For enterprises that require an interoperable series of public and private cloud infrastructures for a particular problem-set, clearly a standard architecture is important. I’m not as quick as Wardley to anoint the AWS approach as the correct route however, one could easily argue that OpenStack, with its widespread following – both sell-side and buy-side – could also be considered the de facto standard.
Beyond a detailed argument of which standard is the one to beat however, it strikes me that the coming reality of enterprise IT will make standards less important.
2. The rise of multi cloud and the distributed organization
I recently wrote a review of a session I took part in at the recent GigaOm Structure conference. The session sought to draw some conclusions as to the make up of enterprise infrastructure going forward. The basic premise was that organizations are going to be less focused on infrastructure interoperability giving them the ability to move workloads between discrete pools of resources, and instead would focus on discrete best of breed solutions for particular needs.
I believe that the organization of the future will be a much more modular places, with individual teams coming and going on a project-driven basis. If this is indeed the case, the spread of IT assets will be far more organic and not the more monolithic stack that currently typifies big IT.
To this point, multicloud is a far more mature and pragmatic approach towards cloud infrastructure and, in my view, directly delivers upon the “composable enterprise” notion that Warner Music group CTO Jonathan Murray spoke of at Structure. An organization embracing a multi-cloud strategy will likely have infrastructure resources spanning multiple vendors, potentially public and private, and likely to be across a variety of operating stacks. In the multi-cloud scenario it’s not a shock to see organizations using AWS, some public OpenStack and a private cloud build on one o the stack products.
This multicloud view is one which I’m seeing borne out by real world examples. At Structure we heard from PayPal who is using both VMware and OpenStack at scale – those commentators who support an orthodox view that interoperability is a core requirement within an IT establishment were left speechless at the information that not only does PayPal use both these products, but that at least 20% of its production workloads are on OpenStack and that it envisages a continuing multi-cloud infrastructure makeup for the foreseeable future.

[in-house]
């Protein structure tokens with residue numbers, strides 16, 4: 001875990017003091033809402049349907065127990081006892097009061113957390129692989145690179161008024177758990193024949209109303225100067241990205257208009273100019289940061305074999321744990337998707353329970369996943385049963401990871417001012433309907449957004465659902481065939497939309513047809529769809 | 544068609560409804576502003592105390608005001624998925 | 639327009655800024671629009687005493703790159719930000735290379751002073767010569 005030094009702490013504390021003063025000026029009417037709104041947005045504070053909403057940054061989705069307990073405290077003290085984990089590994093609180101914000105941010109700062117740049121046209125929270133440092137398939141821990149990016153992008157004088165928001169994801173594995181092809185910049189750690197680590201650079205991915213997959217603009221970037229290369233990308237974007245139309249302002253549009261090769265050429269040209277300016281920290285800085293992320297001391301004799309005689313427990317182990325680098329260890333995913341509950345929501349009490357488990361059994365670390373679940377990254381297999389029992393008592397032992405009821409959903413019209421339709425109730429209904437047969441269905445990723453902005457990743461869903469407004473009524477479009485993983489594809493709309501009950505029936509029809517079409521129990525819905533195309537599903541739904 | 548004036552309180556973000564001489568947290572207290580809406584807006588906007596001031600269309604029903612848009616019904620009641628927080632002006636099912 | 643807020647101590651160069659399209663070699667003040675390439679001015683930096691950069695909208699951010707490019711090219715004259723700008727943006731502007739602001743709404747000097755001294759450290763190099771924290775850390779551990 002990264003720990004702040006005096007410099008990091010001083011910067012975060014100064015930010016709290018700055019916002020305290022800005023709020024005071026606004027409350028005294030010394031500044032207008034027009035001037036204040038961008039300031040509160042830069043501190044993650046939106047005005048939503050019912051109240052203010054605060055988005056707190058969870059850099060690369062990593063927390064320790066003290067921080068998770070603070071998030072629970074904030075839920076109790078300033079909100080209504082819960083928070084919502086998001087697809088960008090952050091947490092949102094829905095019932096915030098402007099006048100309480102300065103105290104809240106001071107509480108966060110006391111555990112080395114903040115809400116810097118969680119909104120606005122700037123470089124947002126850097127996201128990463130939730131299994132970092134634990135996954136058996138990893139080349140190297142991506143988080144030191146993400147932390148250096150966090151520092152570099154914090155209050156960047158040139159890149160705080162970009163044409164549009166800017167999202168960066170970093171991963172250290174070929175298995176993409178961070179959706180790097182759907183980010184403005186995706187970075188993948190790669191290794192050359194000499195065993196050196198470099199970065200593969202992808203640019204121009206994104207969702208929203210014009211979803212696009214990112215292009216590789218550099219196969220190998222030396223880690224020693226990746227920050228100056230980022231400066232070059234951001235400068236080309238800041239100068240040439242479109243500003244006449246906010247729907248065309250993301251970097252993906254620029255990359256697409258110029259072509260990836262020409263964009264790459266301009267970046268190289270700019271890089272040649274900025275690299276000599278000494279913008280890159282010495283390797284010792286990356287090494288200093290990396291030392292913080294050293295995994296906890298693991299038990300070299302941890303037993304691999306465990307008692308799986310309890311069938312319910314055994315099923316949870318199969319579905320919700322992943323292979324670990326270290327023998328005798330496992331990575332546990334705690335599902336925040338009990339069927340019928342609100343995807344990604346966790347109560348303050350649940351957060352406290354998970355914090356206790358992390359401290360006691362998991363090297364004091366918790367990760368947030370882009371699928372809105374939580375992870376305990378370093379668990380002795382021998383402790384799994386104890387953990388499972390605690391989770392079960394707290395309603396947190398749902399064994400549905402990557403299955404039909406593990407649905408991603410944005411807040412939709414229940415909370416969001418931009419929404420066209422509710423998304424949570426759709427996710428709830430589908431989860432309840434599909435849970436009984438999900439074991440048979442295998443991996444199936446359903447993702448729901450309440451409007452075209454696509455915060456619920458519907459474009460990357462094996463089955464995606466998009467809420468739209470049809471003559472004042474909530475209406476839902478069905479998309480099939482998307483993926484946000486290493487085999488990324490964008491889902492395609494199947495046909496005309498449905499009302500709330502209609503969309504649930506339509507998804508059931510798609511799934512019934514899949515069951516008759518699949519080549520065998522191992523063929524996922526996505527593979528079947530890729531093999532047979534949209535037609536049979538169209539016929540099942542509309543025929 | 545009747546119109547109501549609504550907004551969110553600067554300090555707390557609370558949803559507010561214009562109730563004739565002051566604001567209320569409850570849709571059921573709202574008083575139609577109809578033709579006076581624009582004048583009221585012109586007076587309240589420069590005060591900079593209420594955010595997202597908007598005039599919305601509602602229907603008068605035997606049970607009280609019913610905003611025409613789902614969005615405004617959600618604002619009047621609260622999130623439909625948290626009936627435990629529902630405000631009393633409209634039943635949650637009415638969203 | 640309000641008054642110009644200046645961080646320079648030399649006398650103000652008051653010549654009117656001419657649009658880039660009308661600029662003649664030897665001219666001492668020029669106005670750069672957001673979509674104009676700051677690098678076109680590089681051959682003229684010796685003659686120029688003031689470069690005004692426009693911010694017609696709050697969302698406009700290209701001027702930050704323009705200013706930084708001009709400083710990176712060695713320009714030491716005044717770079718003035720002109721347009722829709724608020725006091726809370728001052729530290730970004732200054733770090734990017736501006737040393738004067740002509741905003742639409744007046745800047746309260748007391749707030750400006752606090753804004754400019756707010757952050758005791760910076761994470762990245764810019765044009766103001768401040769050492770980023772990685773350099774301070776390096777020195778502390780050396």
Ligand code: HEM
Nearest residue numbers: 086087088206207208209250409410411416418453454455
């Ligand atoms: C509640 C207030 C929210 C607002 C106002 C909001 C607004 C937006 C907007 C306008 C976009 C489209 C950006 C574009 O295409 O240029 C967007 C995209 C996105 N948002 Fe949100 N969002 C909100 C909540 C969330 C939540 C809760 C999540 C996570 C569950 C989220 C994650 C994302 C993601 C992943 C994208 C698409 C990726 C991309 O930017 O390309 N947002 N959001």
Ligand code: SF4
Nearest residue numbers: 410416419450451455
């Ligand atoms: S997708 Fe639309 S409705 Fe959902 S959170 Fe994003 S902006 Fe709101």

Even Netflix, the absolute poster child for AWS, is by default a multi cloud consumer – it uses many of its own tools to augment the AWS portfolio and is actively looking to vendors outside of AWS for products that meet its needs. Scuttlebutt holds that Netflix is taking a deep look at Google’s compute Engine, yet another infrastructure option that isn’t interoperable with AWS, to host some of their workloads.
Looking to the future – A world relaxed about standards
While is may be anathema to the many people who spend their days in meeting of different standards groups, the changing landscape of the enterprise generally, and a more mature view on enterprise IT in particular are making standards less relevant. While there are undoubtedly some specific examples of organization use-case where a common architecture is necessary, this will be achieved through market forces – An AWS/Eucalyptus approach perhaps, or a combination of public and private OpenStack clouds. But for the majority of organizations in the future, interoperability will take a back seat to highly specific niche offerings that meet a particular requirement.
Image credit: ICAEW